Hanni El Khatib: Moonlight Review

It’s been nearly two years since Los Angeles-based Hanni El Khatib released his third album Head in the Dirt, an 11-track record that featured several catchy tracks including three leading singles “Can’t Win ‘Em All,” “Family,” and “Penny.” On this bombastic follow-up, Khatib invites listeners to dive into his signature garage rock style with lead single “Moonlight”, a track full of the fuzz and swagger heard on Head in the Dirt and 2011’s Will the Guns Come Out.

When “Moonlight” begins, you wonder for a moment if you’ve accidentally begun playing a Black Keys track. It’s a common reaction, one that Khatib encouraged on Head in the Dirt by partnering with the Black Keys’ Dan Auerbach to produce it. Yet as soon as Khatib’s vocals come in, the song is distinctly his. Both artists have a similar garage rock sound, drenched in the fuzz effects they each are fond of, but while the Black Keys lean toward power choruses (especially on recent records, e.g. El Camino’s “Gold on the Ceiling” or Turn Blue’s “Fever”), a trend even Khatib tried on for size on Head in the Dirt, Khatib’s latest album is far more individualized. Moonlight does not have nearly as many catchy hooks as Head in the Dirt; it’s hard to call a garage rock album “pop,” but Khatib’s 2013 single “Penny” certainly bobbed within reach of pop’s protective umbrella. Not so with Moonlight. The record has hooks (the rhythm in “Moonlight” is catchy, while Khatib’s pleading lyrics “come over and melt me” of “Melt Me” give it a gravitational pull of sorts), but the album as a whole is distanced from Head in the Dirt. At odds with the first ten songs is closing track “Two Brothers,” which spends nearly four of its six minutes building into an orchestral grand crescendo, backed by a simple but necessary beat that holds it all together like glue.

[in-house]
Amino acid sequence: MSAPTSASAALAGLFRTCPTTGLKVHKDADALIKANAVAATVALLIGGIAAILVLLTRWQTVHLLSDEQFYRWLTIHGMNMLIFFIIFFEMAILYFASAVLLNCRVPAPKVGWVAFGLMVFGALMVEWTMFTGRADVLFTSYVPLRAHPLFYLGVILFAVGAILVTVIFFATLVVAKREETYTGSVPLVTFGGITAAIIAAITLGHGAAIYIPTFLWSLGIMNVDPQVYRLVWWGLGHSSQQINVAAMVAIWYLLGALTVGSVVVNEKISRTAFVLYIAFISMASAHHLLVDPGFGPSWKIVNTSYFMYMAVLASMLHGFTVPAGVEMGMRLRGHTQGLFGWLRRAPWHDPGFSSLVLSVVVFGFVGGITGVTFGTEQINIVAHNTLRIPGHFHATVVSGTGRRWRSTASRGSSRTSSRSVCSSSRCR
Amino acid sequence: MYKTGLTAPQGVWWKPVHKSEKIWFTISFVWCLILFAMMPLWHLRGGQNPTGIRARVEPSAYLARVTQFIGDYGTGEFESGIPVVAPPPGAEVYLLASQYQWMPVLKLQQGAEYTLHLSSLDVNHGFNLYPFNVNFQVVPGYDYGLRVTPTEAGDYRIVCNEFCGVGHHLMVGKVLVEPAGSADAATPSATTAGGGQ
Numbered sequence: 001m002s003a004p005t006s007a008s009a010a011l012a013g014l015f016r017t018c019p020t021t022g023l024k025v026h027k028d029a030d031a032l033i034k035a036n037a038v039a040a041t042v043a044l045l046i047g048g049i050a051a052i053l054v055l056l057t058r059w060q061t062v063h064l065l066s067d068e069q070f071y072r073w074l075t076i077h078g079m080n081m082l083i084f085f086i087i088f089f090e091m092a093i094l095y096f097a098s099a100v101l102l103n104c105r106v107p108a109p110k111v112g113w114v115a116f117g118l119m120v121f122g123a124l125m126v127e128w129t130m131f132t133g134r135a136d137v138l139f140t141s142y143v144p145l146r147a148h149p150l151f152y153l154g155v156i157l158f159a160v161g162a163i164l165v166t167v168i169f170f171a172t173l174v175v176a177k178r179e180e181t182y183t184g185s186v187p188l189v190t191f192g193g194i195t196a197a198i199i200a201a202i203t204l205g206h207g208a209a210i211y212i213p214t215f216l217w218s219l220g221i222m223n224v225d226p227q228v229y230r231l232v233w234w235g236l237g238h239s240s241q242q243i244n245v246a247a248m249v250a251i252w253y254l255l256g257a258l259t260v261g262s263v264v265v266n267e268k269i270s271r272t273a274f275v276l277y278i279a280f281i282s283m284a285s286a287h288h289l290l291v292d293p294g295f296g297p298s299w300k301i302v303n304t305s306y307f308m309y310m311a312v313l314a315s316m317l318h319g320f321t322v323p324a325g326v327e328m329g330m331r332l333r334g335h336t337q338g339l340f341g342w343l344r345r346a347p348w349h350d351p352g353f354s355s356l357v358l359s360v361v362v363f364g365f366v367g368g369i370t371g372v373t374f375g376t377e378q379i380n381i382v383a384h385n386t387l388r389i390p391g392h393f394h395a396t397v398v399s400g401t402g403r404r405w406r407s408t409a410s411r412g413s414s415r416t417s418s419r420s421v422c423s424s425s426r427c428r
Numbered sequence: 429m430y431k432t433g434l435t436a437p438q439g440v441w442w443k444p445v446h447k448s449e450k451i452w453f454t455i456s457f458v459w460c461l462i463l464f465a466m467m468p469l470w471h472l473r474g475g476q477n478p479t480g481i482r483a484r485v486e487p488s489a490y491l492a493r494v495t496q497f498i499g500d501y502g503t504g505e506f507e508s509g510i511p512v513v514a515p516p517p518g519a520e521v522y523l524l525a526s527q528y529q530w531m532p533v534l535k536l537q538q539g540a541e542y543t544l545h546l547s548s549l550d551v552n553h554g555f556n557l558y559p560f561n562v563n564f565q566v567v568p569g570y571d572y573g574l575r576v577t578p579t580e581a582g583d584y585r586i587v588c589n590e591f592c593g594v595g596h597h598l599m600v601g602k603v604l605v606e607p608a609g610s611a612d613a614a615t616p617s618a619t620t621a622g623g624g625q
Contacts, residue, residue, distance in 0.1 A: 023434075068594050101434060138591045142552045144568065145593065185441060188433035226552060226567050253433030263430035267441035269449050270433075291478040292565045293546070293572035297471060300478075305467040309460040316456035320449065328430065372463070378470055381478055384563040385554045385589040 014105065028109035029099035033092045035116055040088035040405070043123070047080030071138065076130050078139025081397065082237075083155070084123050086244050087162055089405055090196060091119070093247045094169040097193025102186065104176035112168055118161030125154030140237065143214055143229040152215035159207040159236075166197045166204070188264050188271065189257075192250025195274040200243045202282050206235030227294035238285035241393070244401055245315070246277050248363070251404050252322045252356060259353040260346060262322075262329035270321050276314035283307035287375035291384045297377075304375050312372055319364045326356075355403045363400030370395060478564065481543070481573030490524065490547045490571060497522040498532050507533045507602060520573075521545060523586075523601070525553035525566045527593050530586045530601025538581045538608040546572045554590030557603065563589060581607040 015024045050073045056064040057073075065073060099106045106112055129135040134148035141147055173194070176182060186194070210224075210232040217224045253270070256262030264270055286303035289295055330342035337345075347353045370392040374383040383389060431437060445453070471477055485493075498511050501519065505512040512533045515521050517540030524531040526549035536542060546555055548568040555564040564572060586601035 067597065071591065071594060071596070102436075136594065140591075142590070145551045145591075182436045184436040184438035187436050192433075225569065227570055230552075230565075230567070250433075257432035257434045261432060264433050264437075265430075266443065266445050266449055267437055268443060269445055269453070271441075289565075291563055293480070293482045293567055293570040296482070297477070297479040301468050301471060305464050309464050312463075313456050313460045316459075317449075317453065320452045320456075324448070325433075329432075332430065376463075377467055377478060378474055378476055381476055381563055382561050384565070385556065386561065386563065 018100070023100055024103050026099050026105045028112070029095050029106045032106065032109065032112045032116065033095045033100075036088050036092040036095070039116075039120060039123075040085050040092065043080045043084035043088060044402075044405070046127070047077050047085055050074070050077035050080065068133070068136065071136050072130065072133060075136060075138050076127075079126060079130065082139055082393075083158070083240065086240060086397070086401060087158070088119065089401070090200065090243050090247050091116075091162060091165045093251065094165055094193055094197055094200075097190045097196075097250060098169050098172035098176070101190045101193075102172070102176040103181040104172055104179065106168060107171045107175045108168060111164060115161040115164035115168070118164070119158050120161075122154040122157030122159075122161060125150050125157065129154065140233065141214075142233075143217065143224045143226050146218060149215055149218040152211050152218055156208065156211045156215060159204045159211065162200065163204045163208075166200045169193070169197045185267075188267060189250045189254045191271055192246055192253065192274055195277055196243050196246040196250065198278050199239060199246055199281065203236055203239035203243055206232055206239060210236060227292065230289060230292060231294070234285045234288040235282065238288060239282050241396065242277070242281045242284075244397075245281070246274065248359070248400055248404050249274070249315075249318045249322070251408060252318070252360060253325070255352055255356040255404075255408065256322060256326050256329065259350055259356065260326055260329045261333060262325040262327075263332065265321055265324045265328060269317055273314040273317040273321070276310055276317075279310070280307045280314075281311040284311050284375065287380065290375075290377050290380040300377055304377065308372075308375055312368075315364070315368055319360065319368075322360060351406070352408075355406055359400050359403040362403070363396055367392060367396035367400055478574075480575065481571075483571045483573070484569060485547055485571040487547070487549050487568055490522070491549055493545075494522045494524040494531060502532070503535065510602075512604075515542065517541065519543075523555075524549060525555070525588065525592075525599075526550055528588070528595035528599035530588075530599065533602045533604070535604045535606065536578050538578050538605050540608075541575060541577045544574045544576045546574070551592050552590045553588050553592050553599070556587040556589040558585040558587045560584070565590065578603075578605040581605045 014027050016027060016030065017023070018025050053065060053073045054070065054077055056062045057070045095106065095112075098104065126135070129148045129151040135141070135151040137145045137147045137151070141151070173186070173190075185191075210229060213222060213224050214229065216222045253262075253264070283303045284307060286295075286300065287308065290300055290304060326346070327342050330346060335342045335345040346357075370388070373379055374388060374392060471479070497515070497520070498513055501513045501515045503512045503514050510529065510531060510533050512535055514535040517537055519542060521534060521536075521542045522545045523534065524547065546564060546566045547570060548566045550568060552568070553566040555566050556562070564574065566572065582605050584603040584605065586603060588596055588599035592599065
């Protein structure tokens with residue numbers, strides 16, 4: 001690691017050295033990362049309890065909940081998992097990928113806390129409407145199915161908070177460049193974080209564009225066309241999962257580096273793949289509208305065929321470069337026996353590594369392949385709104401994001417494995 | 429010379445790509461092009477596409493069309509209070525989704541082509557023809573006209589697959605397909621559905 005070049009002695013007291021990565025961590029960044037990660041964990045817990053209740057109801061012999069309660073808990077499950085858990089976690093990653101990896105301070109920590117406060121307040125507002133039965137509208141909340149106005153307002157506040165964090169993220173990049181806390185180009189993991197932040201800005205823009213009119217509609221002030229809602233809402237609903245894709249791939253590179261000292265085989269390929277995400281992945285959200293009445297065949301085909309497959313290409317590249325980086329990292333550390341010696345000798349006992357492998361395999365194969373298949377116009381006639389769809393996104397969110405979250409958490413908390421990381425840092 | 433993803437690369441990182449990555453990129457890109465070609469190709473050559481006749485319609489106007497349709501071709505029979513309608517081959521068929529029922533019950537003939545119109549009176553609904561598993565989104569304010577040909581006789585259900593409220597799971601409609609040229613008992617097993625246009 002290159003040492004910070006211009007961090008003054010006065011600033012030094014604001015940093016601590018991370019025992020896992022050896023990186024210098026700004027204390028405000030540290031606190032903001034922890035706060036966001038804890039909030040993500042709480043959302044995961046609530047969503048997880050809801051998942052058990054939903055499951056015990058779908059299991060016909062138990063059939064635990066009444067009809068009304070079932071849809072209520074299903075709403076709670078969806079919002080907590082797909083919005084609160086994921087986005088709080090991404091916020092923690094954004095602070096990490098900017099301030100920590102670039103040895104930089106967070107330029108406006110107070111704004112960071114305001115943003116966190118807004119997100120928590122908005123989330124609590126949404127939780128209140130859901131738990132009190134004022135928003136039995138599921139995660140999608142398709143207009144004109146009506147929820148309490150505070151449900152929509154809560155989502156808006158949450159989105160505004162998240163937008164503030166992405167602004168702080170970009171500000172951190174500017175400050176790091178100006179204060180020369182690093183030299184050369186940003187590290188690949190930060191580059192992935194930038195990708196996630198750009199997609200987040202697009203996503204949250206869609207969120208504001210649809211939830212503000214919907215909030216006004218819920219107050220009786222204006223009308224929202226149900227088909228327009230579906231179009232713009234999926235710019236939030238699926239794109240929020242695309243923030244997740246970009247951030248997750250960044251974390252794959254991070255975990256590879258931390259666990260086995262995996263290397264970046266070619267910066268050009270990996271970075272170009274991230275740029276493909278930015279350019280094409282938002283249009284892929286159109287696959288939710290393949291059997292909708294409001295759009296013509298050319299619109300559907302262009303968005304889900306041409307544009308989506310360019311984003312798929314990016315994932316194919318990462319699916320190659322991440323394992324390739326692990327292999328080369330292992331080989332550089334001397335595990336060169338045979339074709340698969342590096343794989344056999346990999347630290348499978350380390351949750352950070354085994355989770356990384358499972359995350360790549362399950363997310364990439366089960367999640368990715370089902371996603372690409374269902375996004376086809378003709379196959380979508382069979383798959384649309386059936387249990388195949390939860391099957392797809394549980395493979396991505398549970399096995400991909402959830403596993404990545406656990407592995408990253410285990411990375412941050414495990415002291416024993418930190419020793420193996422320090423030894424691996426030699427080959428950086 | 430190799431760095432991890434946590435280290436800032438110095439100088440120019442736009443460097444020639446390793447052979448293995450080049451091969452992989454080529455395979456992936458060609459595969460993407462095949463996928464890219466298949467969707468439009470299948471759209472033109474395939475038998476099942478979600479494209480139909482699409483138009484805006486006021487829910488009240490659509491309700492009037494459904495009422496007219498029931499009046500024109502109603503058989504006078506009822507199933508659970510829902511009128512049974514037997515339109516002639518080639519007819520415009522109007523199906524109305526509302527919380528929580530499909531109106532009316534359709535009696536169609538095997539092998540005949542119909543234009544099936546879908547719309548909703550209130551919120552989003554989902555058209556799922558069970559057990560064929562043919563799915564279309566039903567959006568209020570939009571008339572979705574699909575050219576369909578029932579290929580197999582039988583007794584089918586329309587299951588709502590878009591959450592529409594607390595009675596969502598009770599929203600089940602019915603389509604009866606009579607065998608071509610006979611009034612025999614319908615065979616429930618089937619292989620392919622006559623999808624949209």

Moonlight is not flashy, which is typically a good thing for a modern rock album; however, it does stand out in the purely experimental sense. Khatib has come a long way since his 2011 debut, when he was known better as a creative designer for a skateboard label than as a musician. Now he’s performing on Conan, touring through the U.S. and in Europe, and teaming up with Converse for the company’s latest CONS EP. Each new venture gleans untapped audience and media resources, and with Moonlight entering the ring as a style Khatib has previously only scratched the surface of, it’ll be interesting to see how fans react.

The Review: 7/10

Can’t Miss Tracks

– Moonlight
– Melt Me
– Two Brothers

The Big Hit

– Melt Me

Review by Meghan Roos

Buy the album: Amazon | iTunes

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One Response to “Hanni El Khatib: Moonlight Review”

  1. Ed Pauley says:

    I can’t get pass placing stick-on letters on a Gibson Les Paul Custom.

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